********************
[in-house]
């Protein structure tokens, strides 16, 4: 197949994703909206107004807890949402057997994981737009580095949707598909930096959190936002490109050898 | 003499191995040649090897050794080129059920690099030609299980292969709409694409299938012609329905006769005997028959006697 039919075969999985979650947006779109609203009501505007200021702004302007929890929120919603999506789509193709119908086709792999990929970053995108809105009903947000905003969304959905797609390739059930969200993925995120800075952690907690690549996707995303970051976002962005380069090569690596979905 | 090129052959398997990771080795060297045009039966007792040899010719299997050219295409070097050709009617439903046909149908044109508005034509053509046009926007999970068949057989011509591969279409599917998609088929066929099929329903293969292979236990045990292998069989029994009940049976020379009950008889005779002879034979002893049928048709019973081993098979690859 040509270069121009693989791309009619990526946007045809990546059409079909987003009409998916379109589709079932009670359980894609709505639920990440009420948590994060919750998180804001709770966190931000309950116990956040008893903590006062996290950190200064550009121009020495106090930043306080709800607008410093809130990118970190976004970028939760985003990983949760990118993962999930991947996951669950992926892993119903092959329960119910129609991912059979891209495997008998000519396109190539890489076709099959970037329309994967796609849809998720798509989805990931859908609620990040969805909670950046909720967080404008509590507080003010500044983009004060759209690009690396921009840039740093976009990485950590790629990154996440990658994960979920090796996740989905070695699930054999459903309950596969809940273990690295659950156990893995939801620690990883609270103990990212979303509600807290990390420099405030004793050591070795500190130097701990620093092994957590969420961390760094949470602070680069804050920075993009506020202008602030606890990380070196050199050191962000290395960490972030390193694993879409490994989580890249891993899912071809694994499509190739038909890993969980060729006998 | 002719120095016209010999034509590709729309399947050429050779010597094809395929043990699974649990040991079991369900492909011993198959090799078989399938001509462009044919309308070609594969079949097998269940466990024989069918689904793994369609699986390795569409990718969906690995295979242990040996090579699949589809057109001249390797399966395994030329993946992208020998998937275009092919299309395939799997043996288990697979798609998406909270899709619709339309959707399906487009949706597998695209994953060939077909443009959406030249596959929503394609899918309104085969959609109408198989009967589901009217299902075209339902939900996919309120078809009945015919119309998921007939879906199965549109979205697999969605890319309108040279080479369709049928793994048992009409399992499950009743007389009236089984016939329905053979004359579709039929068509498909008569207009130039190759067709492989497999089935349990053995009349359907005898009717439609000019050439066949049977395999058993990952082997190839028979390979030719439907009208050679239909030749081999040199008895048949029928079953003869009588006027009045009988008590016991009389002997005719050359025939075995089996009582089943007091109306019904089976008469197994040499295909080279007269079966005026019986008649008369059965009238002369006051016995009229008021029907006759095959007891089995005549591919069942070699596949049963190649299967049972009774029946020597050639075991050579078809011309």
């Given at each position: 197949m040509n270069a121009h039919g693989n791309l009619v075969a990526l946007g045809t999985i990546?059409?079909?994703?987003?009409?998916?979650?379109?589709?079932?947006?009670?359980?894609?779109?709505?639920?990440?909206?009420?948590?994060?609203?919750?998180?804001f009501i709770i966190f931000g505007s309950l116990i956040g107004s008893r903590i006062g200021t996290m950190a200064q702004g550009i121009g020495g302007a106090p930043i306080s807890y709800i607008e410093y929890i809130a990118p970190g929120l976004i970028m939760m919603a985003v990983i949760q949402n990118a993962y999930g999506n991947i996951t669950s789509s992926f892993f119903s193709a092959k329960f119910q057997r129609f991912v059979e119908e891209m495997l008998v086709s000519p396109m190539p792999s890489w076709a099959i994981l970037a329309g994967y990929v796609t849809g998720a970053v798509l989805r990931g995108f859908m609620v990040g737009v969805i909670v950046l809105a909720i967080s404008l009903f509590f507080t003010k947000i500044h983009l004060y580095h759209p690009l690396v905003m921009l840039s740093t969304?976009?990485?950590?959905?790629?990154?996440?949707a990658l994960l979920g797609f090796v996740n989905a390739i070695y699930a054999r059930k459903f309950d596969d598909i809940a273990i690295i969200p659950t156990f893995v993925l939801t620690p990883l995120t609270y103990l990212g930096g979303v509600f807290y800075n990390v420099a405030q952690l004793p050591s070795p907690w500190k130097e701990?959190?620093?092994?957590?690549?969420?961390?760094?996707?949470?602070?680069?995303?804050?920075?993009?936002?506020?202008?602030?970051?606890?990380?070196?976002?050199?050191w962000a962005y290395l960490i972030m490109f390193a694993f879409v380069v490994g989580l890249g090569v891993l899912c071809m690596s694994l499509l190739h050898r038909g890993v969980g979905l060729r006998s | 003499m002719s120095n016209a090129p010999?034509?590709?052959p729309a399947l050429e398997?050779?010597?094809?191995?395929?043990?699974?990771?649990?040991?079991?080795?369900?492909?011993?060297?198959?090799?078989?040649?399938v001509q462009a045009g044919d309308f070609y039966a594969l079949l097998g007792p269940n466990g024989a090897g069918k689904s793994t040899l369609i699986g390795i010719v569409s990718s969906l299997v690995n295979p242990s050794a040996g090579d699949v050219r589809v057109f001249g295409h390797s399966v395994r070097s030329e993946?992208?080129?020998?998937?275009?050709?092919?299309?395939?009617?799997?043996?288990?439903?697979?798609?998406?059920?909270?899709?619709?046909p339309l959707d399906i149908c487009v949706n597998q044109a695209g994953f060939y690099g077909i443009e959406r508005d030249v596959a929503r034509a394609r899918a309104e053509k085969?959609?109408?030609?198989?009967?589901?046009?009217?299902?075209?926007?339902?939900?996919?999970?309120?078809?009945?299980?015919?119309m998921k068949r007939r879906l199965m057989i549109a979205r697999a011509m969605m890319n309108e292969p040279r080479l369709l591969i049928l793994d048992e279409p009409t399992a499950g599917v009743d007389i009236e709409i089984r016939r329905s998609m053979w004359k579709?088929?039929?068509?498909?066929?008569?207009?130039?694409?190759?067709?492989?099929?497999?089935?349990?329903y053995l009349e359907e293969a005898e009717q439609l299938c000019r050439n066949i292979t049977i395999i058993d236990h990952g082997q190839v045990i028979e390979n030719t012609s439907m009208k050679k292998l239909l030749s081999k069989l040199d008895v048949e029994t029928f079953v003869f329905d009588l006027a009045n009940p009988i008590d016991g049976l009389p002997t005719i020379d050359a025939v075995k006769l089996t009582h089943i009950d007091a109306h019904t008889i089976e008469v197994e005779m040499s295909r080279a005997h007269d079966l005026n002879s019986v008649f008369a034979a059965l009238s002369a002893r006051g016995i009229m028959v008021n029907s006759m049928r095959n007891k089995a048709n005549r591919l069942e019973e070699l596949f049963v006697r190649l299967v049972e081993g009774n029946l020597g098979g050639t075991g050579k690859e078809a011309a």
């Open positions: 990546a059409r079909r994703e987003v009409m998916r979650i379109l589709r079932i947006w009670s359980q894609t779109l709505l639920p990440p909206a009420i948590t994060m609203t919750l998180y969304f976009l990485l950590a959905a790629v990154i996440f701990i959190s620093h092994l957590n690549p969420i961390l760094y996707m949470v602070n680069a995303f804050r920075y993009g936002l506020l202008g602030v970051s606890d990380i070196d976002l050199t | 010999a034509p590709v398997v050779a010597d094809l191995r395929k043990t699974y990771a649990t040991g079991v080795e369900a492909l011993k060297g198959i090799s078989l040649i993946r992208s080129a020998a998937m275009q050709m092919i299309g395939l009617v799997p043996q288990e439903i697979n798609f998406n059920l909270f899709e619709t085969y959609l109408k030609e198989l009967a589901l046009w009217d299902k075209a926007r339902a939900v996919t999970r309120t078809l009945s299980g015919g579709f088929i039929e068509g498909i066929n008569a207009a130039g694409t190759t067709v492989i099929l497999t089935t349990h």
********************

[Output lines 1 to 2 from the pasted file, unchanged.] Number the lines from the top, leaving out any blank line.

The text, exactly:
[in-house]
């Protein structure tokens, strides 16, 4: 197949994703909206107004807890949402057997994981737009580095949707598909930096959190936002490109050898 | 003499191995040649090897050794080129059920690099030609299980292969709409694409299938012609329905006769005997028959006697 039919075969999985979650947006779109609203009501505007200021702004302007929890929120919603999506789509193709119908086709792999990929970053995108809105009903947000905003969304959905797609390739059930969200993925995120800075952690907690690549996707995303970051976002962005380069090569690596979905 | 090129052959398997990771080795060297045009039966007792040899010719299997050219295409070097050709009617439903046909149908044109508005034509053509046009926007999970068949057989011509591969279409599917998609088929066929099929329903293969292979236990045990292998069989029994009940049976020379009950008889005779002879034979002893049928048709019973081993098979690859 040509270069121009693989791309009619990526946007045809990546059409079909987003009409998916379109589709079932009670359980894609709505639920990440009420948590994060919750998180804001709770966190931000309950116990956040008893903590006062996290950190200064550009121009020495106090930043306080709800607008410093809130990118970190976004970028939760985003990983949760990118993962999930991947996951669950992926892993119903092959329960119910129609991912059979891209495997008998000519396109190539890489076709099959970037329309994967796609849809998720798509989805990931859908609620990040969805909670950046909720967080404008509590507080003010500044983009004060759209690009690396921009840039740093976009990485950590790629990154996440990658994960979920090796996740989905070695699930054999459903309950596969809940273990690295659950156990893995939801620690990883609270103990990212979303509600807290990390420099405030004793050591070795500190130097701990620093092994957590969420961390760094949470602070680069804050920075993009506020202008602030606890990380070196050199050191962000290395960490972030390193694993879409490994989580890249891993899912071809694994499509190739038909890993969980060729006998 | 002719120095016209010999034509590709729309399947050429050779010597094809395929043990699974649990040991079991369900492909011993198959090799078989399938001509462009044919309308070609594969079949097998269940466990024989069918689904793994369609699986390795569409990718969906690995295979242990040996090579699949589809057109001249390797399966395994030329993946992208020998998937275009092919299309395939799997043996288990697979798609998406909270899709619709339309959707399906487009949706597998695209994953060939077909443009959406030249596959929503394609899918309104085969959609109408198989009967589901009217299902075209339902939900996919309120078809009945015919119309998921007939879906199965549109979205697999969605890319309108040279080479369709049928793994048992009409399992499950009743007389009236089984016939329905053979004359579709039929068509498909008569207009130039190759067709492989497999089935349990053995009349359907005898009717439609000019050439066949049977395999058993990952082997190839028979390979030719439907009208050679239909030749081999040199008895048949029928079953003869009588006027009045009988008590016991009389002997005719050359025939075995089996009582089943007091109306019904089976008469197994040499295909080279007269079966005026019986008649008369059965009238002369006051016995009229008021029907006759095959007891089995005549591919069942070699596949049963190649299967049972009774029946020597050639075991050579078809011309």